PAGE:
Scientists aren’t sure what has caused this shift in distribution but it is likely that both climate change and high levels of fishing on the west coast have played a part. To counter this change in distribution, a novel and innovative project was started to investigate whether new penguin colonies can be established in the areas of high fish abundance.

“Extinct colonies of seabirds have been re-established for flying seabirds, such as the Atlantic Puffin in Maine and several species of petrel from New Zealand, but it has only been attempted once for a penguin species, and never for African Penguins”, says Wanless.

“This project has the potential to increase the penguin population and provide “insurance” by increasing the number of colonies, reducing vulnerability to catastrophic events.” BirdLife South Africa, with the support of several other local and international organisations, has identified two sites at which to attempt the establishment of penguin colonies.

“We’ve decided first to re-establish a colony which started naturally in 2003 but was prevented from taking hold due to predation by terrestrial predators”, says Wanless. By setting up an effective predator-proof fence we plan to avoid that happening again.” Decoys and the playing of penguin calls will be used to attract birds in from sea and just-fledged chicks will be moved to the new areas to encourage them to return there to breed.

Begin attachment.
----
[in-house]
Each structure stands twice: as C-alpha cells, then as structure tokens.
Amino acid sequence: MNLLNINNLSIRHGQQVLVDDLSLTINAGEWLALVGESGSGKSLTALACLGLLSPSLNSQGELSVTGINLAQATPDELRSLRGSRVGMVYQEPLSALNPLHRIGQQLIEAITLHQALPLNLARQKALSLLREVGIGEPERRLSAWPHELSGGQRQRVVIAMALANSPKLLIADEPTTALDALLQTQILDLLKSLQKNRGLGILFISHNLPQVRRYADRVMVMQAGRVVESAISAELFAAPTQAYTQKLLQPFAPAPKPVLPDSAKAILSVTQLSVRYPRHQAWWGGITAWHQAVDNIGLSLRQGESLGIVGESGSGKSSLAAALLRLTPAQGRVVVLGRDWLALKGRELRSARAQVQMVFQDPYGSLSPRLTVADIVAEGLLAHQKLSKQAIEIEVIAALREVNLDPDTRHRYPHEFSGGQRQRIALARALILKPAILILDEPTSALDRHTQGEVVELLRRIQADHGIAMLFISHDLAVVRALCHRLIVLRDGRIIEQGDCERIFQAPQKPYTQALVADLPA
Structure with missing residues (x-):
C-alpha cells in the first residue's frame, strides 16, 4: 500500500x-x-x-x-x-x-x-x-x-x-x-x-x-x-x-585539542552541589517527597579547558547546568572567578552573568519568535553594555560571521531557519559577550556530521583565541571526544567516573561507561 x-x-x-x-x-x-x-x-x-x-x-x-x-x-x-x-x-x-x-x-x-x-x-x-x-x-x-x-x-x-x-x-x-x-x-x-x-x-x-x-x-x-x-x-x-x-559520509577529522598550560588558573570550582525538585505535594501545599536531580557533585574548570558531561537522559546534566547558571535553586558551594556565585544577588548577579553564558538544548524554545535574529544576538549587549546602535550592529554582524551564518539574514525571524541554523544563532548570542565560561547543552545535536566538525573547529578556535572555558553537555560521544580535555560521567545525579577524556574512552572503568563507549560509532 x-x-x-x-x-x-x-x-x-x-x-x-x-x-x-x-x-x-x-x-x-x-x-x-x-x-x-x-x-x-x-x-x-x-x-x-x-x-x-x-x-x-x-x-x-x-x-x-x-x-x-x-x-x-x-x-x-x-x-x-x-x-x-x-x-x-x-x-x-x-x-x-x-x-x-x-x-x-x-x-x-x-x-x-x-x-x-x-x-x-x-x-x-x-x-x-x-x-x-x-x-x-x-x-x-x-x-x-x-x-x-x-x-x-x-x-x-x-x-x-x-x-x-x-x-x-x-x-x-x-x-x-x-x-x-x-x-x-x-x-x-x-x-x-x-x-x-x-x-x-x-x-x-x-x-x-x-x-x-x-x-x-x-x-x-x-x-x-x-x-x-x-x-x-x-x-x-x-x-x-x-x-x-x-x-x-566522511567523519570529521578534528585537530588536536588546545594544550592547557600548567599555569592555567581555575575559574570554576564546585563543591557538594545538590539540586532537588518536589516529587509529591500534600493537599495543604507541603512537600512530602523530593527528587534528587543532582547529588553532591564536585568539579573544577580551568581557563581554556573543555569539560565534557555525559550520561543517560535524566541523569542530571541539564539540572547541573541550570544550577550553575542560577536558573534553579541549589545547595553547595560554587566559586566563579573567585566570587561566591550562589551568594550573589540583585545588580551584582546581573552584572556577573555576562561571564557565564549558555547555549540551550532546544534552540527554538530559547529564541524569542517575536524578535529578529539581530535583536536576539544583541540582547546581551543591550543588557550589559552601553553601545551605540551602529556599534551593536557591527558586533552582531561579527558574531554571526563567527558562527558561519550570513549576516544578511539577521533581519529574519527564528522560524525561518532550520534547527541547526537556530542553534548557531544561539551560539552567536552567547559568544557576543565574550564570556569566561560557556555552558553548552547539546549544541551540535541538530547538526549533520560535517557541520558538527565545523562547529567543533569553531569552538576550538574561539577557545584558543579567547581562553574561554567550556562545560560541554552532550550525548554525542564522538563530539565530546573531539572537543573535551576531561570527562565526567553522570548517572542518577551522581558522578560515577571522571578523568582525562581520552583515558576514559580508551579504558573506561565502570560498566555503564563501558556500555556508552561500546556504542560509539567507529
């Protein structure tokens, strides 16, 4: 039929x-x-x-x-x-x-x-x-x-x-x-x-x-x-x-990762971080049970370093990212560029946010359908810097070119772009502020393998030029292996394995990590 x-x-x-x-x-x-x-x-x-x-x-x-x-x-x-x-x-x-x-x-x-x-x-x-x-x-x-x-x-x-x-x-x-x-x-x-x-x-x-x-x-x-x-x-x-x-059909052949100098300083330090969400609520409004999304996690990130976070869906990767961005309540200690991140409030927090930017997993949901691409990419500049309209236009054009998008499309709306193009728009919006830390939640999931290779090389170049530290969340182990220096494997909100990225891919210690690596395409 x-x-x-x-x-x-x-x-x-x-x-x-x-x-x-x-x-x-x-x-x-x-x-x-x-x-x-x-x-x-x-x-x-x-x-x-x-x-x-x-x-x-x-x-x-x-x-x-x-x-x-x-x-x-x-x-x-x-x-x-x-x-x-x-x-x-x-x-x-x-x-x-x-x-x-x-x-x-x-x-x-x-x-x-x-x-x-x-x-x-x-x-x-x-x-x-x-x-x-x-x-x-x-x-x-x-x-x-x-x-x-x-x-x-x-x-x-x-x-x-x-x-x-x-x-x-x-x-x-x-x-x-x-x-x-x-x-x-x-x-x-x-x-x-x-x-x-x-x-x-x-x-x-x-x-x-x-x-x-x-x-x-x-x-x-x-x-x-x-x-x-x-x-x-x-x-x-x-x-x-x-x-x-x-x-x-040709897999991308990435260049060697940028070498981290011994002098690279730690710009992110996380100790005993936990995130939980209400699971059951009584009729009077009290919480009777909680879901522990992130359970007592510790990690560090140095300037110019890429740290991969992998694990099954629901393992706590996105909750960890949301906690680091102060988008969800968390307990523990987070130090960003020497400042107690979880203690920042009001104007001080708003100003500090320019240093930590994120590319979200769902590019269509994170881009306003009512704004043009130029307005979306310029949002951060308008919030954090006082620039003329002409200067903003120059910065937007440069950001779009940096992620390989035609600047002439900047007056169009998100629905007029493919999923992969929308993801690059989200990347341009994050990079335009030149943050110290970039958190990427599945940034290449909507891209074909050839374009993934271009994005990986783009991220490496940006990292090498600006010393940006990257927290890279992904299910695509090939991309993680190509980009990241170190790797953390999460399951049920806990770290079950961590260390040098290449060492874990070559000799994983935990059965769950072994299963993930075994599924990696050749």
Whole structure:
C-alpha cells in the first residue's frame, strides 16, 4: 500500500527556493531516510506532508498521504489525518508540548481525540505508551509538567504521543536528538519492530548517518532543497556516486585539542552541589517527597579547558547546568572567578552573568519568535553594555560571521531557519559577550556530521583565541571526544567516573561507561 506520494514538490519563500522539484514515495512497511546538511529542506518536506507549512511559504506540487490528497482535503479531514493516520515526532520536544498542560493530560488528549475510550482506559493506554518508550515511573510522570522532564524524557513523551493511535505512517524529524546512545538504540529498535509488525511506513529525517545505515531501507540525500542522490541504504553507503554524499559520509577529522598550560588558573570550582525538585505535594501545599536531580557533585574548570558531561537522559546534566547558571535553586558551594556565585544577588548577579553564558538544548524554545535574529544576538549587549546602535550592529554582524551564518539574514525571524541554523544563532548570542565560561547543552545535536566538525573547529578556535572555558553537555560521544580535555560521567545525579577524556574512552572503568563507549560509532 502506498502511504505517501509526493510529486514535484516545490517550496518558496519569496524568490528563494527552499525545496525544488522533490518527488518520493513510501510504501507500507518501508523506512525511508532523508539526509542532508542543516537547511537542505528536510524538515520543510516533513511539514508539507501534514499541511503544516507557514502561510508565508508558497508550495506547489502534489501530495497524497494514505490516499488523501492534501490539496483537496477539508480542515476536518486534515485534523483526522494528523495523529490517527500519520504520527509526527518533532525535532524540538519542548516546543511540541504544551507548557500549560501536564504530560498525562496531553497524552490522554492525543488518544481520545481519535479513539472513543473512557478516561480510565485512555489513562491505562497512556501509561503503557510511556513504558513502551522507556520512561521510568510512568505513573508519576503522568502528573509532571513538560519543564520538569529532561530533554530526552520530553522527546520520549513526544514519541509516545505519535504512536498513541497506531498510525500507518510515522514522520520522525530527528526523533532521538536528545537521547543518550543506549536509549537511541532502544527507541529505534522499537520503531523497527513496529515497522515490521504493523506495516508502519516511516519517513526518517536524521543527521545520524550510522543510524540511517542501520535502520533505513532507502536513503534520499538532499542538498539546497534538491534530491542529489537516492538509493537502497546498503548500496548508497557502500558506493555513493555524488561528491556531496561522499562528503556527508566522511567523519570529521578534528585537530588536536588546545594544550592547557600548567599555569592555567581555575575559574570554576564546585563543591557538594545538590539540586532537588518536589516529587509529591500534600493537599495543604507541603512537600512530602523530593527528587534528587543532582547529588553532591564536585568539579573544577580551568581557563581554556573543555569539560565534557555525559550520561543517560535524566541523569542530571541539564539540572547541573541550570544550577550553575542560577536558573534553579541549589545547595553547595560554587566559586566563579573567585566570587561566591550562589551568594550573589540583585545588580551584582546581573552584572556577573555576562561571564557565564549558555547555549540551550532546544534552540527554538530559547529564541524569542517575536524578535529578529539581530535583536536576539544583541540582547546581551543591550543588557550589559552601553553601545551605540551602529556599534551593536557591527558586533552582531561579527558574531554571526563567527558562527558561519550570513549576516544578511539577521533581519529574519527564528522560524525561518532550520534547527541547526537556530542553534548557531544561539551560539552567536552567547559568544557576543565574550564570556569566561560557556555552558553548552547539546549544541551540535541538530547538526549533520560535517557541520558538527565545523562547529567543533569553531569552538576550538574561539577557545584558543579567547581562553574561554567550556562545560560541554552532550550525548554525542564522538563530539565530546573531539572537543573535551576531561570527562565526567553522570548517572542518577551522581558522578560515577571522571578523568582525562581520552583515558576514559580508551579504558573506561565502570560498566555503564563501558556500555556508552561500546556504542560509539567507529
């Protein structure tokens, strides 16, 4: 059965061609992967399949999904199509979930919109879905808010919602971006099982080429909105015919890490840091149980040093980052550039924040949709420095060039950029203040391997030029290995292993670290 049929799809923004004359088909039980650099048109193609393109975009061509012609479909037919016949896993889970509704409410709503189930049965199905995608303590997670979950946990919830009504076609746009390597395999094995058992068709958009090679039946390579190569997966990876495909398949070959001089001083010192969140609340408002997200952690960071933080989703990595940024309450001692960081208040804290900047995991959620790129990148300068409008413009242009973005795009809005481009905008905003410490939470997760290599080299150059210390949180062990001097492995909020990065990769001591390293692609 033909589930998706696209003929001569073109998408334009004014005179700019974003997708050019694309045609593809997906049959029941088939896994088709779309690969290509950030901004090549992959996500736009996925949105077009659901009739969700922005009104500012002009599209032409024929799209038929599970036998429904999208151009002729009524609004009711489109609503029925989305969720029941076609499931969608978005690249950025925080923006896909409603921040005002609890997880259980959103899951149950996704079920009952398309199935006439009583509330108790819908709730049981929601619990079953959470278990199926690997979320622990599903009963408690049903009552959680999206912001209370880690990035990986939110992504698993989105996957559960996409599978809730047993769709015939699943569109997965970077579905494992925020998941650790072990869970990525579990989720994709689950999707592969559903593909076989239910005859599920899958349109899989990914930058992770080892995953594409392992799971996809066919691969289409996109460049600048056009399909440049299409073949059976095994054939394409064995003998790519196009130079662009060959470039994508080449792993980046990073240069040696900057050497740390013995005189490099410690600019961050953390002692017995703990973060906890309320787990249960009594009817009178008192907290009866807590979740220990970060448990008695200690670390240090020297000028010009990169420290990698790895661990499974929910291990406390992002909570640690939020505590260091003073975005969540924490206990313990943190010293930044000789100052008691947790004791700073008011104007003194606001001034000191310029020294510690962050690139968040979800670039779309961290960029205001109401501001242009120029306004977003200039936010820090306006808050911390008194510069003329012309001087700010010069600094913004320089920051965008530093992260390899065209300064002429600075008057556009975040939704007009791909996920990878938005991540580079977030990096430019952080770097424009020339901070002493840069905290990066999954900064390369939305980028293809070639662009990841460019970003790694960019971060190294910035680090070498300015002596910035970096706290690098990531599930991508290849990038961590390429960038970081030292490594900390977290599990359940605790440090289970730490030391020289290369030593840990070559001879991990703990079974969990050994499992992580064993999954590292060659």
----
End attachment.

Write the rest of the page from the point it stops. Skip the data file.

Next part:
Once penguins start breeding in a colony they return there year after year – a trait which helps them find the same mate again – which is why young chicks need to be encouraged to breed at the new sites, before they chose somewhere else. “The aim of the new colonies is to assist penguins to move to these relatively new regions of high food availability.

While this process could occur naturally over several hundreds of years, we need to help it happen faster”, says Wanless. African Penguins also face a number of other threats, from predation to oil spills to the lack of nesting habitat, and there are conservation interventions in place to address these. Artificial nest boxes are provided to improve breeding success and rehabilitation centres have been set up to care for oiled and injured birds.